Obama wants Israel to hold parallel talks with Palestinians and Syria(The Hebrew was more dramatic). As a general rule, Haaretz isn't too good at separating news from comment, but then who is these days? So this news item, put together by a group of their reporters, starts with a breathless report by Akiva Eldar, an old-timer who really knows his beat, but can't separate what he knows from what he preaches.
The Obama administration is preparing a Middle East peace process that will include simultaneous bilateral talks between Israel and the Palestinians, and between Israel and Syria. The plan is based on the Arab peace initiative that offers establishing normal relations between Israel and Arab League states in exchange for withdrawing from the occupied territories and establishing a Palestinian state.The questions are
The United States will put together a "security package," including demilitarization of the territories from which Israel will withdraw and the option of stationing a multinational force in them for years.
The Obama administration believes that a breakthrough in the peace process between Israel and the Arab states would restrain Tehran's influence and contribute to the diplomatic effort to block Iran's nuclearization.
1. Is this news?
2. Is it the full story?
3. Is it important?
First, is it news. Not really. American policy since the summer of 2000, or December that year at the very latest, has officially been something like this; unofficially it has been so for far longer. Israel needs to retreat from just about all the territories taken in 1967, those territories will be demilitarized, there will be an independent Palestinian state, and peace will reign forever after. There's a slight twist in Eldar's report in that someone thinks once this happens the Iranians will also join the swords-into-plowshares brigade, but he doesn't give a source for this so let's let it pass. Actually, this is more or less the position of most Israelis, too - assuming, of course, that moving out of those territories can bring all that bounty. It can't.
Which brings us to the second question, is it the full story? At this stage of the game I'm still giving the Obama administration the benefit of the doubt, and that includes the assumption their experts are serious people, not bloggers or journalists. In which case they recognize some of the pieces Eldar left out of the picture. Right of Return, for example, meaning what happens to lots of ethnic Palestinians who are never going to move back to what is now Israel, no matter that their grandparents left here, and the fact this presents a wee stumbling block (in the Saudi plan, too). Or the fact that the elected majority of Palestinian lawmakers come from a party that wants a world without Jews, and so far that group is unable to reach an agreement with the other large Palestinian party. There's the small question of Jerusalem, the one about Israel's defining itself a Jewish state (with legal equality for minorities), the issue of how Syria defines peace, and various other nit-picking matters. I'm not saying peace is a theoretical impossibility - that would be depressing - but I haven't yet seen an indication the Obama administration knows how to create it any more than anyone else.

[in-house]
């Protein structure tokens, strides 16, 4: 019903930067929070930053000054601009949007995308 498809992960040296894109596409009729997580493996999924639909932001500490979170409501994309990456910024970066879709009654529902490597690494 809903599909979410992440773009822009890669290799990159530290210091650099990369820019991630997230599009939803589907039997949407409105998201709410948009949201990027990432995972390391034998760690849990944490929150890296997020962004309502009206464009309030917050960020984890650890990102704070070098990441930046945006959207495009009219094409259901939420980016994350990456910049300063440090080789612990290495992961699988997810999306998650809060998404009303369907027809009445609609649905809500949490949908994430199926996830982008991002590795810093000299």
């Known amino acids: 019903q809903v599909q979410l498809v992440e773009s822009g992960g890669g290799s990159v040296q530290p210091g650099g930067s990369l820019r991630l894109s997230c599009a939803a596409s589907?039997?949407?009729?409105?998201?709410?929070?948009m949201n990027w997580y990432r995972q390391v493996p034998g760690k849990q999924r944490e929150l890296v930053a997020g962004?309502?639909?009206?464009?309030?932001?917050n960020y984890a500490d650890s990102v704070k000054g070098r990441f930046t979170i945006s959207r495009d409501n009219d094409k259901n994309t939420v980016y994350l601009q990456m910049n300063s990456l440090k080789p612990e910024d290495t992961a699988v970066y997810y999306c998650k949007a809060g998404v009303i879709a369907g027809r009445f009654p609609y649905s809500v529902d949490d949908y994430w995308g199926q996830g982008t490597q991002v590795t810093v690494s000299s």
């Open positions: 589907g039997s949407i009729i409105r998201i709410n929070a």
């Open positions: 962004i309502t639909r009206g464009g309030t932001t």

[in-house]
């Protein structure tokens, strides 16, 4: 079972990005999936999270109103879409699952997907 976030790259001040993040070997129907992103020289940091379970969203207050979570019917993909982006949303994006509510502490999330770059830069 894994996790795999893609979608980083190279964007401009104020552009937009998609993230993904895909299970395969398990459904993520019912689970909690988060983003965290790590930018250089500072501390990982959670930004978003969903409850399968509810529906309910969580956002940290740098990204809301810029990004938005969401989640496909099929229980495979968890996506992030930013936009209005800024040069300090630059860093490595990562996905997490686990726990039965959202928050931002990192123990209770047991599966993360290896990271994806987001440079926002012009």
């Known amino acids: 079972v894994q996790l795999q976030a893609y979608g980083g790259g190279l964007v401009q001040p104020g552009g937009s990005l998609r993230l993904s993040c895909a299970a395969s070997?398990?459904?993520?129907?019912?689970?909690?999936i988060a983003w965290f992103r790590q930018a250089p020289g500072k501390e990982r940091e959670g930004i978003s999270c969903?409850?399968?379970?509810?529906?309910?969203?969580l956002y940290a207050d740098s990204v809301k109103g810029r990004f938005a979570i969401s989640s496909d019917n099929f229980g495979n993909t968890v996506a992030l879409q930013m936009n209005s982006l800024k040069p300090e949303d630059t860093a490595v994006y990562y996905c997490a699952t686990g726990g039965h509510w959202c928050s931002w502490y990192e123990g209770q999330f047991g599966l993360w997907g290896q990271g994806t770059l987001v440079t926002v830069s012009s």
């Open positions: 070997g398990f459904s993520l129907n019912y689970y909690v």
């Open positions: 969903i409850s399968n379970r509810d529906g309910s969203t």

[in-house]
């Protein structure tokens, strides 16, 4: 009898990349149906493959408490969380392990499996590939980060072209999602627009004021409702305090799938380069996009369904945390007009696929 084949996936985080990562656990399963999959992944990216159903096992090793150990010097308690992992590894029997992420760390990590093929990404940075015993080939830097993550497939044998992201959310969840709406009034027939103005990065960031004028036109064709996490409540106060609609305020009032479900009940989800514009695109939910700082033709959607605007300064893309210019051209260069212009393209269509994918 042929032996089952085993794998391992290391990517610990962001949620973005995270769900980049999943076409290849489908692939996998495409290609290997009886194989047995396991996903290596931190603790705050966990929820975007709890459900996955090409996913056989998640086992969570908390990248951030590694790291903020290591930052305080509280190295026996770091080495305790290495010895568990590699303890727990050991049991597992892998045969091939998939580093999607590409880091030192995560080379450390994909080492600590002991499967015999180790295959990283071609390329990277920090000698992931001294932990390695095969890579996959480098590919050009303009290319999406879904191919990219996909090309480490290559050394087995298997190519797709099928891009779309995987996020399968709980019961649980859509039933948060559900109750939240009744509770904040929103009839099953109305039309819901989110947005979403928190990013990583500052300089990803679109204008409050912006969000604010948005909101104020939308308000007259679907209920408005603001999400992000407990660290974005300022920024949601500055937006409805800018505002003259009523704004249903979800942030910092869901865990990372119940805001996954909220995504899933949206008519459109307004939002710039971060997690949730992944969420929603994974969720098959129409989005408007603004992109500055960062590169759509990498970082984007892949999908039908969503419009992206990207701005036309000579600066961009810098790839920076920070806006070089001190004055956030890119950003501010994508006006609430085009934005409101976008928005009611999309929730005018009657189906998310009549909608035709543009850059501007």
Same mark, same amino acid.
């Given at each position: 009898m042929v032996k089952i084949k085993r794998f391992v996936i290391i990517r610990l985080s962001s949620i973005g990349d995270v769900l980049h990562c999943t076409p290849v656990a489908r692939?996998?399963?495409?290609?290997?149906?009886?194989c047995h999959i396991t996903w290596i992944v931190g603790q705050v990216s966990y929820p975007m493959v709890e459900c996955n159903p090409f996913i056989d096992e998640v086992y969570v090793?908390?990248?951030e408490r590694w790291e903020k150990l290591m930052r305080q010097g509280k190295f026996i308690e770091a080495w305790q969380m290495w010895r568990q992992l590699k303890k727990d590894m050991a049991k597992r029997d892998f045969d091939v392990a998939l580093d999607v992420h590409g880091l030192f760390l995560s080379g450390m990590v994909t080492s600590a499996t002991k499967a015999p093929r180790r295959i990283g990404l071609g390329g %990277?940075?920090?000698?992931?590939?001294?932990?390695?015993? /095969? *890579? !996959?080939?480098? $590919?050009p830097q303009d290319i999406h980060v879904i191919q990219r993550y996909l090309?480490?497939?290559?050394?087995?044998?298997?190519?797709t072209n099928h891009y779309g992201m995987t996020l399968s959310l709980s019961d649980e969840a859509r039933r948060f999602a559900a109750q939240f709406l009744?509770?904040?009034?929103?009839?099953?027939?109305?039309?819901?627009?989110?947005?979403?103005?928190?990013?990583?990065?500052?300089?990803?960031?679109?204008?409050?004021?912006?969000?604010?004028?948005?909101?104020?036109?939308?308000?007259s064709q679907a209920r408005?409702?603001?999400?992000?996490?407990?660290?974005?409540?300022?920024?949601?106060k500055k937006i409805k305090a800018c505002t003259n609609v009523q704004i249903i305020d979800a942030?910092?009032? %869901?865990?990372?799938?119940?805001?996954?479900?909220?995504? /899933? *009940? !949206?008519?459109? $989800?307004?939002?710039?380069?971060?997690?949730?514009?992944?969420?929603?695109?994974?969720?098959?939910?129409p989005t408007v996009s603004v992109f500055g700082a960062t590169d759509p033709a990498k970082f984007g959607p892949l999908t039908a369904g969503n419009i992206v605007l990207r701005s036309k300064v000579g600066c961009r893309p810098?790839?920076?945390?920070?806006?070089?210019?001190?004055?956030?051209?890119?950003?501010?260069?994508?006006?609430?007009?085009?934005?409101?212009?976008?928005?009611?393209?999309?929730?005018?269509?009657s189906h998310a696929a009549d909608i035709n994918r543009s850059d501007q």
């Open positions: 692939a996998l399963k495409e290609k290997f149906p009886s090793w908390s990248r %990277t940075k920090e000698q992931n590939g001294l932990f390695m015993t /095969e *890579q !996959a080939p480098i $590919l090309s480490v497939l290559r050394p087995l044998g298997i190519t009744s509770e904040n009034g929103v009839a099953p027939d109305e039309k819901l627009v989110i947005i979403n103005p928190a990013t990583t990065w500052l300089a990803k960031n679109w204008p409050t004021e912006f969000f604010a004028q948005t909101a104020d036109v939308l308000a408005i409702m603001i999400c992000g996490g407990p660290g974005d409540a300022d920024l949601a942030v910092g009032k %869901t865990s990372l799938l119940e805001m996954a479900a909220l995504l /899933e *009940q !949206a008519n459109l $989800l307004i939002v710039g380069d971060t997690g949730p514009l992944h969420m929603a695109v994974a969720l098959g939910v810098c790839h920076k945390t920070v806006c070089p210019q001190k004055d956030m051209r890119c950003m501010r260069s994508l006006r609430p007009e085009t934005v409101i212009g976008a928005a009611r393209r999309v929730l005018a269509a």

Is any of this important? No, not really. Even if it really and truly were soon to be the official Obama policy, and included suggestions also about all those other matters, reality has this nasty propensity of not reading newspapers (or blogs, or official memorandums, or diplomatic non-papers and all that stuff). Reality is extremely complex and ultimately unpredictable, it certainly isn't anything that can be neatly planned by some new folks at Foggy Bottom or even at the White House. As (Bill) Clinton once learned, the most powerful man in the world can glower at an unshaven old revolutionary with shifty eyes, and the unshaven fellow can pretend to be looking out the window and hum, and there's nothing the President of the United States of American can do about it. And even if he could, and the unshaven fellow had decided to humor him, it wouldn't make much difference if enough young men back at home were to feel they'd been sold down the river - which is why the unshaven one didn't cave in in the first place.
My point being that some day, I hope, the Israelis and the Arabs will be willing to live in peace, but it won't happen because someone declares it to be a fine idea or a rational thing to do.